● A magnetic knife rack is perfect for storing Japanese kitchen knives. You attach it to the wall and simply hang your knives on. There is no pressure or impact on the blade and this is a safe and secure way to store the knives.
● Some knives come with a sheath which goes over the blade. This is ideal if you have no other space but in a kitchen drawer as it’ll prevent the blade from hitting anything else that’s in there. However, we would recommend a leather sheath over a plastic one as this won’t cause friction on the blade, dulling it.
When you put your knives into storage, always make sure that they are clean, free from food and 100% dry!
Using Your Knife for Other Purposes
The sad truth is that so many of us are guilty of using these blades for other things; opening parcels, undoing screws, removing food packaging and much more. But they aren’t designed for this and all you’re going to end up doing is dulling the blade.
What’s more, even when you use the knife exclusively for food prep, you may still be doing damage if you’re using the wrong knife for the job. There are many different types of Japanese knives and each one is designed with a different purpose in mind. For example, there are multi purpose knives but then there are those whose blades are specifically made for boning or filleting fish, for example.
What to Do Instead
Don’t put your Japanese knife under any unnecessary pressure. Only use it for the purpose it has been made. If you find that your kitchen knives are just in easy reach when you’re doing other tasks, make a point of storing a tool kit in the immediate vicinity so you can reach for that instead.
When choosing which knife for preparing food, always go for the one that is most suited to the job. However, if you’re dead set on having just one high quality Japanese knife then I would recommend going for a multipurpose blade such as a gyuto or santoku.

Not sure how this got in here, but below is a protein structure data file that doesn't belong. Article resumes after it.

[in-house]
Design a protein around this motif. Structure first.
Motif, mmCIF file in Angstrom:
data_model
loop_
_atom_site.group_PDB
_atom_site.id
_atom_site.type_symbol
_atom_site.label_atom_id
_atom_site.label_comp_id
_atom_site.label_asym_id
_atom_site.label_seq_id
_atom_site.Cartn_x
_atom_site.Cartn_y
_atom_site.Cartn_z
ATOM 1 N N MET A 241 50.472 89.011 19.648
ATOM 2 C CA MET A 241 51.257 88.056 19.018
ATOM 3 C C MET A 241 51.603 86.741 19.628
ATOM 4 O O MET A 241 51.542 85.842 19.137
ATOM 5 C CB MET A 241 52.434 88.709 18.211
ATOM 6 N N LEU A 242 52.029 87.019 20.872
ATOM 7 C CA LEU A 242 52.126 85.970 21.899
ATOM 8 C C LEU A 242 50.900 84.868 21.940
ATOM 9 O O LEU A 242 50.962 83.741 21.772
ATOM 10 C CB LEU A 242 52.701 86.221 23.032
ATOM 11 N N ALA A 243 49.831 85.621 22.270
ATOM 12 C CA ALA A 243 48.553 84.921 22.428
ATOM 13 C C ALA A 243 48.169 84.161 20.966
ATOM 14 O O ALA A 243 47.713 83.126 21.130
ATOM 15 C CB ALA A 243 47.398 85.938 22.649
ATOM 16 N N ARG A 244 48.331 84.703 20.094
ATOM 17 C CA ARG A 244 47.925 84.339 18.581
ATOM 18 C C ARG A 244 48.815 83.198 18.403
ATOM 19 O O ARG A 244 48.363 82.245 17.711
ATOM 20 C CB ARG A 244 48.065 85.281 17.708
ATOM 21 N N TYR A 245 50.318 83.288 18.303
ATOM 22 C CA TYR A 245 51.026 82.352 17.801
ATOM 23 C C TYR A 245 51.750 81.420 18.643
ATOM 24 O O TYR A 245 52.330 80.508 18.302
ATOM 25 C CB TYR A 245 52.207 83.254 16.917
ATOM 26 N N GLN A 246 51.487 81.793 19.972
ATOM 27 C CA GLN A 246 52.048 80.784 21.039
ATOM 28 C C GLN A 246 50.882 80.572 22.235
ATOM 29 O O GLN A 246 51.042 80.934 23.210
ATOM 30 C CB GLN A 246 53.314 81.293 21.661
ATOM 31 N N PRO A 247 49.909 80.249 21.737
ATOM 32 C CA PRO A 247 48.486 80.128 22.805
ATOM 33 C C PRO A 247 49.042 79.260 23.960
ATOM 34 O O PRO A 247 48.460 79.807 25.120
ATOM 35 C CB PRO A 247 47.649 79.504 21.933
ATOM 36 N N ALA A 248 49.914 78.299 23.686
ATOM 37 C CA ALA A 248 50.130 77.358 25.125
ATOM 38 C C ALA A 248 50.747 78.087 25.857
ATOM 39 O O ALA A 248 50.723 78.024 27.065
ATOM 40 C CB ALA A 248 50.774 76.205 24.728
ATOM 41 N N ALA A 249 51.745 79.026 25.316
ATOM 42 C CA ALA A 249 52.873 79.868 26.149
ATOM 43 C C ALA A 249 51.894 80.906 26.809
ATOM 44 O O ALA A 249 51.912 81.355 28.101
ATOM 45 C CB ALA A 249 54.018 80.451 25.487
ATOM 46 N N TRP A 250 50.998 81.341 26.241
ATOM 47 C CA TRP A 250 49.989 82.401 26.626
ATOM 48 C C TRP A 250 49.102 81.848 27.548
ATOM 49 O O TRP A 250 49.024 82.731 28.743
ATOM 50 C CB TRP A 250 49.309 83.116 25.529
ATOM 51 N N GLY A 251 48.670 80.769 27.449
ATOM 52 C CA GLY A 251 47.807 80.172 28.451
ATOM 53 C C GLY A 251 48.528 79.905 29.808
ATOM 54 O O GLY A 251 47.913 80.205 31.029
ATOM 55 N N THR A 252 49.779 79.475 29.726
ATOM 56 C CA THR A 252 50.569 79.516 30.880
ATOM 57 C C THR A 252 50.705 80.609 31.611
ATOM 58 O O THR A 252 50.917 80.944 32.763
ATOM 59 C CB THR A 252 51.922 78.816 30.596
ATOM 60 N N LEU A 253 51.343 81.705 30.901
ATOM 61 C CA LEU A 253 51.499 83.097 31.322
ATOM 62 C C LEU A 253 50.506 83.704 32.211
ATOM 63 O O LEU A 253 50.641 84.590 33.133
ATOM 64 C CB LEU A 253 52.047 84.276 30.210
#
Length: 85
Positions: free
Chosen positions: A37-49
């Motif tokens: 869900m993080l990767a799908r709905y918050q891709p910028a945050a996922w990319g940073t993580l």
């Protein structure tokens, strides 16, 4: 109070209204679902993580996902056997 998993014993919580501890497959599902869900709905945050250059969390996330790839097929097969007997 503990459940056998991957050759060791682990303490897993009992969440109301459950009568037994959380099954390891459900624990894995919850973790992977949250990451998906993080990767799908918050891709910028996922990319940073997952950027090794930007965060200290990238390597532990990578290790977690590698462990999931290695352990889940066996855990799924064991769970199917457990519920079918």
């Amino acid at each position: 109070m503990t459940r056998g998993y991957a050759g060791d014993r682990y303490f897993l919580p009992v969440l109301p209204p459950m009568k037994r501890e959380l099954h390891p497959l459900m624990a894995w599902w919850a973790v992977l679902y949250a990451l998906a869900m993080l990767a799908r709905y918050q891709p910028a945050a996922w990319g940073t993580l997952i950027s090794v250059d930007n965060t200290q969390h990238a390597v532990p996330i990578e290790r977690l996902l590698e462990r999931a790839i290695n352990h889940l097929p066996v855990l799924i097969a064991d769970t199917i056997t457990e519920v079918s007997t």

One of the things that Japanese knives are well known for is how sharp they are. If you are looking for a knife that’s going to be super effective and efficient then opting for a Japanese blade is a no brainer.
Not Sharpening Your Knife
While a lot of them will retain their edge for a considerable length of time, there’s always going to come a point that you’ll need to sharpen the blade. If you don’t then you are putting yourself at risk because a dull blade is much harder to work with. You’ll find it more difficult to cut the food and there is a greater risk of slipping. Just because the blade isn’t as sharp as it once was, it can still cut you and this time, rather than a clean cut, it’ll tear the skin and be a lot more painful.
What’s more, if you continue to work with a dull blade, you’re going to eventually wear it down to a point where even a good sharpening isn’t going to do much good.
What to Do Instead
Take the time to regularly sharpen your knives. It can be a pain and just ‘something else to do’ but it’s worth investing the time if you want your knives to last.
While there are various sharpening methods which you can read about in my post here, I’d always suggest using a whetstone for Japanese knives. This is one of the most efficient ways of getting a perfectly sharp edge that lasts.
However, it is important to keep in mind that using a whetstone does require a degree of practice. For this reason, I would usually recommend practising on an old knife first.
It is so important to pay close attention to the state of your Japanese knives and provide care and maintenance regularly. Here is a checklist of everything you need to do day to day to get the most out of your knives.
Overview of Care for Japanese Knives
● Having such a thin, sharp blade, Japanese knives are brittle and very susceptible to chipping and other damage if they come into contact with hard surfaces. For this reason, it is best to use a wooden end grain cutting board which will keep your blade sharper for longer. Things like bamboo, glass and marble are a big no-no!
● After you have finished using your knife, make sure to hand wash it in warm water and mild soap before drying it thoroughly.
● Over time, you may notice that a patina forms on your knife and this is totally normal. What’s great about this is that it can help to prevent rust but from time to time you may notice reddish coloured rust which should be removed.
● Make sure that you sharpen your Japanese knives as soon as they begin to show signs that they are going dull.